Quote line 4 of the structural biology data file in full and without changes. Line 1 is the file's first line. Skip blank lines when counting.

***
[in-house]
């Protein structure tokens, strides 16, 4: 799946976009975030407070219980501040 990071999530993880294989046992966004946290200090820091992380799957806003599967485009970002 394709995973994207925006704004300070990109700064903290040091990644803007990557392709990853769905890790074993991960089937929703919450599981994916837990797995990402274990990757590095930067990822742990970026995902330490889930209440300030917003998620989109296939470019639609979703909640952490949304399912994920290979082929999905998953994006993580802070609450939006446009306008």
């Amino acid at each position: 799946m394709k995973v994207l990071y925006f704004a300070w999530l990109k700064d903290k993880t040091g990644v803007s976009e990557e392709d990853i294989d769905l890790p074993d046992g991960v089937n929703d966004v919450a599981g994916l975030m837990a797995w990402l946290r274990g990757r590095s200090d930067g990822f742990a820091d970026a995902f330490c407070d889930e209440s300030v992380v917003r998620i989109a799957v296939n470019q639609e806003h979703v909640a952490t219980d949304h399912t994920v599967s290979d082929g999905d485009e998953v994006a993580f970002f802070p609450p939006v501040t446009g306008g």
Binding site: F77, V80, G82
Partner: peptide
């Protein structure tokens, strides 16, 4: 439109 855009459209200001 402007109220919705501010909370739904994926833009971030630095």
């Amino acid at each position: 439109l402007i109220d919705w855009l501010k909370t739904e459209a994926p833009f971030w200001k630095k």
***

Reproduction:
Binding site: F77, V80, G82